It’s time for me to transition back home from Rhode Island where I’ve been for most of the summer. I know how fortunate I am to be able to spend time in a special place with family and friends who are like family to me. But “real life” beckons and I look forward to getting home and settled.
This time in August often transports me to the ride home from camp where I spent two of the most glorious months of the summer for many years. I specifically remember getting out of the car at my house and hearing a cicada symphony welcoming me home. As sad as I might have been to say goodbye to my camp friends and the carefree time spent under the pine trees of New Hampshire, I also really loved school and was ready to get started with my new year. I’m going to try to channel that energy when I get home in a few days! Who knows, maybe the cicadas will sing their chorus of welcome for me once again, the sound I will always associate with late August and a return to reality.
So, I probably mentioned that last year like so many we had a trip cancelled due to Covid. Part of that trip involved a friend and I traveling to Sicily to join Elizabeth Minchilli on a food tour, followed by my husband joining me to explore the island on our own. The good news is that despite the trip being cancelled, my husband and I live vicariously through Elizabeth’s Instagram where she shares her life at home in Rome and in Todi (Umbria) where she owns a vacation retreat. Her aesthetic is wonderful and she rarely posts a meal or a setting that doesn’t make us want to join in.
On occasion, my husband will say “did you see this or that meal on Elizabeth’s Instagram?”, subtely suggesting that he would like that to appear on his dinner plate sometime soon! And so this week, I complied and made Elizabeth’s Zucchini Ricotta Tart, adding some corn, because that’s how she tweaked her own recipe just a week ago. Her recipe was actually adapted from Melissa Clark’s recipe for Goat Cheese Asparagus Tart that appeared in her book, Dinner in French. This is the evolution of recipe writing right here because I’ve made my own tweaks still.
Puff pastry is rolled out, scored and topped with a dreamy mixture of ricotta cheese, mascarpone, a mix of parmigiano and pecorino, garlic, herbs (basil is new here) and my addition of some lemon zest. Fresh zucchini and corn are layered on top and sprinkled with some more Parm before being placed into a hot oven and baked for 25 minutes.
I had to experiment with the dish because some of the comments lead me to believe the commercial puff pastry in Italy and here in the US come in different sizes so I wanted to make sure it worked. I made 2 tarts and each worked well, despite the fact that some of the cheese filling did spill a bit over the crust. I think the dough may be a bit larger in Italy. Buy hey, it looked more rustic as a result…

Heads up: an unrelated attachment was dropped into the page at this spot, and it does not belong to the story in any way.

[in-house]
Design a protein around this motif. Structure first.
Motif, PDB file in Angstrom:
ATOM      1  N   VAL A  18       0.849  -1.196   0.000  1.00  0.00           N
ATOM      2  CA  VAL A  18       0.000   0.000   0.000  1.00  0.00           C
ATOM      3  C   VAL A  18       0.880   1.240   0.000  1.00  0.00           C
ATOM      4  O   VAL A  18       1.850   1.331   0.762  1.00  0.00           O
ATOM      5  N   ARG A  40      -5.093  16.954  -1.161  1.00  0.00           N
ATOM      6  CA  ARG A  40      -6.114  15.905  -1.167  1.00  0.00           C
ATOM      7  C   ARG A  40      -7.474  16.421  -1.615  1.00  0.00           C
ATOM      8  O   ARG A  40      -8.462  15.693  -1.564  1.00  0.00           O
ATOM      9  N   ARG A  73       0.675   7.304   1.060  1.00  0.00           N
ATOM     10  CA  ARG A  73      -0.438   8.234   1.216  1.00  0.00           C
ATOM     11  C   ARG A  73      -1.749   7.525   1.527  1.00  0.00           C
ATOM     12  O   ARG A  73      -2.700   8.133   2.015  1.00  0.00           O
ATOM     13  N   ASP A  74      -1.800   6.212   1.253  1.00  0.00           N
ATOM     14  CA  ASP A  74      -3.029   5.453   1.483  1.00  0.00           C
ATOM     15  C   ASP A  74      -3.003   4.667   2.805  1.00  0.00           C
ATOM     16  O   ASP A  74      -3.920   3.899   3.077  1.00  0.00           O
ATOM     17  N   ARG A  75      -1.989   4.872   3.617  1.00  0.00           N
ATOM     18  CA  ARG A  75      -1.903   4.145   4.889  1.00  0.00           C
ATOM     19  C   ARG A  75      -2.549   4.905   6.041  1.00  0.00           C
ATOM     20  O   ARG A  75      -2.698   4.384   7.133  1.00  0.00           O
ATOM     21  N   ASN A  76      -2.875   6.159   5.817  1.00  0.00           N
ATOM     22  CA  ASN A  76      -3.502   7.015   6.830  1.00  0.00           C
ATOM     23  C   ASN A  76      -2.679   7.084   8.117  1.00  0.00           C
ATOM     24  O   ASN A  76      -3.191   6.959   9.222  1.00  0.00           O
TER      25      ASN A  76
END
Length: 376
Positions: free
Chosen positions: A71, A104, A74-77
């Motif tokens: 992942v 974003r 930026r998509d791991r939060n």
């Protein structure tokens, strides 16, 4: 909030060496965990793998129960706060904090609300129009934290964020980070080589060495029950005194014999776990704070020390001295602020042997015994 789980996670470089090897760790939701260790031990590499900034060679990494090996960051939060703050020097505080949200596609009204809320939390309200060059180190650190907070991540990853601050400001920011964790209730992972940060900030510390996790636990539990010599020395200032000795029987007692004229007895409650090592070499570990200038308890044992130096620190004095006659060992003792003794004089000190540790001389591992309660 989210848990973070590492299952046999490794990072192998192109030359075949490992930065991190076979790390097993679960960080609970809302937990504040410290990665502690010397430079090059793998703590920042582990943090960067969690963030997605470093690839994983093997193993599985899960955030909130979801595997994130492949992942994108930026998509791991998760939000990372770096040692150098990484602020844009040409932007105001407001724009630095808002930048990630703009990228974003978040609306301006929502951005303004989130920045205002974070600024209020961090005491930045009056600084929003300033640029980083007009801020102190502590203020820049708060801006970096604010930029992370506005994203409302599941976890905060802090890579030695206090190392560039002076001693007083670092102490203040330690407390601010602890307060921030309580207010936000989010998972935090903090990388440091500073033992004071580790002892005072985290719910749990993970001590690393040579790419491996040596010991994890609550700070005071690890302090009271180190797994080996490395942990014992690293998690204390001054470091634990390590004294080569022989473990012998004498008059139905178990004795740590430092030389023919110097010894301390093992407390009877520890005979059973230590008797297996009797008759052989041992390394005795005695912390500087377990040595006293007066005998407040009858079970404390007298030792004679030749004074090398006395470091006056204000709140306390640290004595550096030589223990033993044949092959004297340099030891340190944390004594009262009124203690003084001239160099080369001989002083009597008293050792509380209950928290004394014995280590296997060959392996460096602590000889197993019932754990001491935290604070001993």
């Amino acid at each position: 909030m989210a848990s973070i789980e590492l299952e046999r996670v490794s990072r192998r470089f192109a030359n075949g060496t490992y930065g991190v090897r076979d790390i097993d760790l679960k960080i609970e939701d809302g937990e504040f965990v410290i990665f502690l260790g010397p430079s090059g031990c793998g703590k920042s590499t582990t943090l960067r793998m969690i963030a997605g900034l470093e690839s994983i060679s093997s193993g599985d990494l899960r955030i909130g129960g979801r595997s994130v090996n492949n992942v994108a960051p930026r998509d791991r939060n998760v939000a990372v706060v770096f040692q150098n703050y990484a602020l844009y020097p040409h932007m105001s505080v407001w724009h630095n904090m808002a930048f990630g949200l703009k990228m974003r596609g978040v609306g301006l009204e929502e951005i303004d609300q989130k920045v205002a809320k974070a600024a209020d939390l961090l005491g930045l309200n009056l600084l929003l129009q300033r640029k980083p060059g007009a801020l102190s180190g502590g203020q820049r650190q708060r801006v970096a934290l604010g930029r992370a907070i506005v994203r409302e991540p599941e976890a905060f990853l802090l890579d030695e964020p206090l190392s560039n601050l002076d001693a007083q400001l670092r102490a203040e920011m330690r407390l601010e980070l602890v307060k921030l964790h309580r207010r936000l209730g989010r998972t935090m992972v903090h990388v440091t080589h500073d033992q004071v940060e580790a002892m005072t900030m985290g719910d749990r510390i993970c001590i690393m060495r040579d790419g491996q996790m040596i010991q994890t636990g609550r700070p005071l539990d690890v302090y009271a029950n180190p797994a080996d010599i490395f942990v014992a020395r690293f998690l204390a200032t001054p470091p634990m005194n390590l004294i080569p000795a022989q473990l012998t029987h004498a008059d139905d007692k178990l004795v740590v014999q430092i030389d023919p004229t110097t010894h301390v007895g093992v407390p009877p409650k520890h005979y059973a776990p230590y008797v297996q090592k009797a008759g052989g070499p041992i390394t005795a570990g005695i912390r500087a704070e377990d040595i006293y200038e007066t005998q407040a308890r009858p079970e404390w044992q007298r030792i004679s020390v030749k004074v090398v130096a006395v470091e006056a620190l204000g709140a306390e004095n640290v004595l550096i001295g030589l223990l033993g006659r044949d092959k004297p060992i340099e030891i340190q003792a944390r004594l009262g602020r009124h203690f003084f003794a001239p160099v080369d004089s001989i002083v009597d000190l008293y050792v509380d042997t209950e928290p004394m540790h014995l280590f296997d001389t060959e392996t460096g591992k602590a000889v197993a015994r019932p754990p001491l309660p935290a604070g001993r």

I told you I made two, and brought one to a pot luck gathering of my ladies tennis group where it was enjoyed and I was asked for the recipe, so decided to post it this week. Our hostess, my friend Marte served a beautiful salmon nicoise composed salad as our entree which you can see here…
The other I served to a very happy hubs and daughter 🙂
A couple of tips on the tart, which I have also put into the recipe, is that after rolling out the dough to a 9 by 12 size, I like to put the sheet back into the fridge or even the freezer to firm up a bit before scoring it along the edges as it makes for a cleaner cut and you don’t end up pulling on the dough. Also, it’s good to work quickly when you are spreading the cheese and placing the vegetables as you want the dough to still be as cold as possible when it gets into the hot oven so it gets a good puff!
I adapted Elizabeth’s original recipe by adding in the corn and some lemon zest to the cheese mixture. I also added a combination of mint and basil, but you could use one or both (she just used mint). The recipe calls for some grated hard goat cheese, or you can do as I did and substitute using a store-bought Parmesan-Pecorino combo or just use one. It’s pretty a pretty flexible recipe.
Other than that, the tart is really easy to pull together and you can absolutely use other vegetables as you wish. I think asparagus in the spring would be great, or you can use summer squash alongside the zucchini to add even more color. I think you could even blot dry some nice slices of a beefsteak tomato and give those a whirl. The possibilities are vast and up to your imagination, one of the best tools in the kitchen I believe.
Even better, you can make this tart a lunch or dinner entree, or cut it into small pieces to serve as an appetizer or slightly larger to go alongside a salad as I did. The most important step is to allow the tart to rest for 20 minutes after it comes out of the oven as you want the warm cheese to have time to set up so that when you cut it, you don’t end up with cheese all over your board!
I hope you make this sometime soon. Please let me know if you do!
Until next time…